The Federation of State Medical Boards
(FSMB) is the organization that represents the interests of state
medical boards. In April 1999, the FSMB adopted a policy that includes
the following requirements.
- All applicants for licensure should have
satisfactorily completed a minimum of three years of postgraduate
training in an ACGME- or AOA-approved postgraduate training
program, including completion of PGY 3 level training prior
to full and unrestricted licensure (emphasis added).
Postgraduate training should include some exposure to general
- All applicants for postgraduate training shall
have satisfactorily completed Steps 1 and 2 of the USMLE or Parts
1 and 2 of the certifying examination administered by the NBOME prior
to acceptance into a postgraduate training program.
- Medical boards shall encourage medical schools to
share information with the medical boards regarding any
disciplinary actions taken against students. (emphasis added)
Currently a vast majority of state
licensing boards require one year of postgraduate training in order to
be eligible to obtain an unlimited license to practice medicine. There
is now a trend developing to increase the number of postgraduate
training years needed for an unlimited license. 1999 saw two states
introduce legislation that would raise the postgraduate training
requirement for licensure. Only one state was successful in enacting its
legislation. This now brings the total number of states that require two
or more years of postgraduate training before being eligible for an
unlimited license to seven. At recent meetings, state licensing boards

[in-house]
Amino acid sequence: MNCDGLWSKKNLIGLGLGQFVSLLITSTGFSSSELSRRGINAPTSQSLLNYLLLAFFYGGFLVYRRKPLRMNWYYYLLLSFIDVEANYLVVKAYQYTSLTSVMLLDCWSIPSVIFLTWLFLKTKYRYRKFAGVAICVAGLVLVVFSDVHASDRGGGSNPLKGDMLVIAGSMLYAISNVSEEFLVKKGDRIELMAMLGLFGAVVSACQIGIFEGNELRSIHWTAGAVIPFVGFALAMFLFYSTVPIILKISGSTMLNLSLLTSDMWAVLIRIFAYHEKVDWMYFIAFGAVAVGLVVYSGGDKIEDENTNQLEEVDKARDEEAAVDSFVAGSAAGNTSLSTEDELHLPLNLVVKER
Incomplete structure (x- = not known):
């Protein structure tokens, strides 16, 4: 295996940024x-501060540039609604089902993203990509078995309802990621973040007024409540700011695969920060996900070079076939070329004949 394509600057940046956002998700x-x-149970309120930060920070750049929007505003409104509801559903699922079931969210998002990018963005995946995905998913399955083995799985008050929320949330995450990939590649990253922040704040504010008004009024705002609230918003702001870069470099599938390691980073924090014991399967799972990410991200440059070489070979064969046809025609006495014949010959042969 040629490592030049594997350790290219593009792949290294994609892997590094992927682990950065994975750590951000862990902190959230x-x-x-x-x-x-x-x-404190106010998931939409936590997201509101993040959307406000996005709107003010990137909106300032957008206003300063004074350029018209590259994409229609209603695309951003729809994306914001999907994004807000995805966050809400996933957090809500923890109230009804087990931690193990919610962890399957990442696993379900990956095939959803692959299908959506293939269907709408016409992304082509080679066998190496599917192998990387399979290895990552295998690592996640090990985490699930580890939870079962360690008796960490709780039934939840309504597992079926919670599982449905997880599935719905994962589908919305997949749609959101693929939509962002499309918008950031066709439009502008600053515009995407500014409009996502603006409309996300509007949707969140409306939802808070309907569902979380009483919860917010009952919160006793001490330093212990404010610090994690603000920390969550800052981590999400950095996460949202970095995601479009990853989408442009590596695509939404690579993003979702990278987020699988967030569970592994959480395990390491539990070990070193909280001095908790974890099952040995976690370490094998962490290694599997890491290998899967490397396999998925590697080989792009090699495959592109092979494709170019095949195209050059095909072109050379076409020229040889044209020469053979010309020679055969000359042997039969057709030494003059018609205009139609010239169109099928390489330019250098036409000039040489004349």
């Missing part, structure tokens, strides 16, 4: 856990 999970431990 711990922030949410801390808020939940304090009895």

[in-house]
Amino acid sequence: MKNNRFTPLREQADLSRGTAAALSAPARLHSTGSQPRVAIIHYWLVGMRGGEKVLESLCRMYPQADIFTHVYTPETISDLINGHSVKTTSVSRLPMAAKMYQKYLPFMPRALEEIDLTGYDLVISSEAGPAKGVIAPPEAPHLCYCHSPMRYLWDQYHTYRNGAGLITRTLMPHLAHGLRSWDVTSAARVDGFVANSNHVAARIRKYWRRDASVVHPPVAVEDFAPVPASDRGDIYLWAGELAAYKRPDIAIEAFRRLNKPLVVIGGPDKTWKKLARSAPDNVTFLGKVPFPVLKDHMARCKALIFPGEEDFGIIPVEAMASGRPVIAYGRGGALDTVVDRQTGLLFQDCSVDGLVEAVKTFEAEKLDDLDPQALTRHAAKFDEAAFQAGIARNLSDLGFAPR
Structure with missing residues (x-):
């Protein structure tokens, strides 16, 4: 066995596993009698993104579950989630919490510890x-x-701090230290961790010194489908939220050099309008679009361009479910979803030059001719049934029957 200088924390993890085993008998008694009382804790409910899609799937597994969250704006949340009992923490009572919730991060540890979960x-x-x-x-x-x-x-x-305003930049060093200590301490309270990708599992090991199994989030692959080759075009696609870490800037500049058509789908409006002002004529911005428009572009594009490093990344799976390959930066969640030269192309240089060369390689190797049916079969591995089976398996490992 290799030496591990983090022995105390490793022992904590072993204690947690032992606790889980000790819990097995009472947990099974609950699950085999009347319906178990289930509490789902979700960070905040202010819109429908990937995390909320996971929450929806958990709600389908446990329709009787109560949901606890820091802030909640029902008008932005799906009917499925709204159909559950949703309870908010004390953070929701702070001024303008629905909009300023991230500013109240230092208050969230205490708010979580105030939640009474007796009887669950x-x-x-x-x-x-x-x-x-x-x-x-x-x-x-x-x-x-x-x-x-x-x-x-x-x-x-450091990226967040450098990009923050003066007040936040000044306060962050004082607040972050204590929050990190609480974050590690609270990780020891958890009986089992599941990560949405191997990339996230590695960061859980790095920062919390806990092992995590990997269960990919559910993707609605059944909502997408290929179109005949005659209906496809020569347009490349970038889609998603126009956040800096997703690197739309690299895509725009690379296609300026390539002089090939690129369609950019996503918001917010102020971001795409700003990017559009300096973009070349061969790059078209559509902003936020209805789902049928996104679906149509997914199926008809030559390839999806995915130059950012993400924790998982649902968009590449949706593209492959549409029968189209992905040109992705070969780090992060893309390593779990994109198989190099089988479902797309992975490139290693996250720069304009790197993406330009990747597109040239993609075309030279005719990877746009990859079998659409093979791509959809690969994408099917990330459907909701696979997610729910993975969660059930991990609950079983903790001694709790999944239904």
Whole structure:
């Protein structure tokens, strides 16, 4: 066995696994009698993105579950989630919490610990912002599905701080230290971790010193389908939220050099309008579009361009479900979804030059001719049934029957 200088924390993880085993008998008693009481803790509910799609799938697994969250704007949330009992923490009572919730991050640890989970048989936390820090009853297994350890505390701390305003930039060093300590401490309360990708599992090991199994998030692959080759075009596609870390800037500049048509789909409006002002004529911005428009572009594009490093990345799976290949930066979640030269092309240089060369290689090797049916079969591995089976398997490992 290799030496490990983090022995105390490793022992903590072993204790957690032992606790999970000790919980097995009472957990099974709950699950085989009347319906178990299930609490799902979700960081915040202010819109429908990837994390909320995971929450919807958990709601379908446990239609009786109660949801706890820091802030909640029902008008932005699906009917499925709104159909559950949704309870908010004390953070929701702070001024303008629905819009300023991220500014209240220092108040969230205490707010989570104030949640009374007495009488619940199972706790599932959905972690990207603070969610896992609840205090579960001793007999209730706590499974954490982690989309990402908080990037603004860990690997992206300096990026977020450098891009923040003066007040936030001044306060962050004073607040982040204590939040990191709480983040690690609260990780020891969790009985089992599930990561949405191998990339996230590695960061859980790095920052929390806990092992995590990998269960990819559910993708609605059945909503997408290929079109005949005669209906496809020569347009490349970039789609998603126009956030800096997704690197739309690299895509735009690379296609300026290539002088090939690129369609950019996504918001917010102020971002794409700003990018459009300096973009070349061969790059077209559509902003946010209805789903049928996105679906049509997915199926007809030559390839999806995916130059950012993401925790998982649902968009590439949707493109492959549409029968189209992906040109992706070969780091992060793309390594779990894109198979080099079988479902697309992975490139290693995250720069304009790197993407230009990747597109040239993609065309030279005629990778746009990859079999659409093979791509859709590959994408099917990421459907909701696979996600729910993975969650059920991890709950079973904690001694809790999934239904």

executives indicated the issue of increasing postgraduate training
requirements is being added to many of their agendas for the next year.
While a majority of students may say,
"I am going to do a residency, so this won’t impact me,"
they may not be looking at the whole picture. A couple of points to
think about: 1) Nurse practitioners and physician assistants are
practicing primary care with little or no direct on-site supervision.
These mid-level practitioners receive less education than physicians
with four years of medical school and one year of postgraduate training;
2) In postgraduate training, the physician is not allowed to
"moonlight." Moonlighting can only be done once
the physician receives an unlimited license, and 3) Many physicians
entering postgraduate training are faced with repayment of large school
All of the requirements listed are
important and need to be addressed if legislation is introduced in a
state. Contact your student or intern/resident organization and
encourage their participation. If you would like to become involved on a
personal level if legislation is introduced in your state, contact Linda
Mascheri, AOA Division of State Government Affairs, (800) 621-1773 ext.
8184 or you can e-mail her at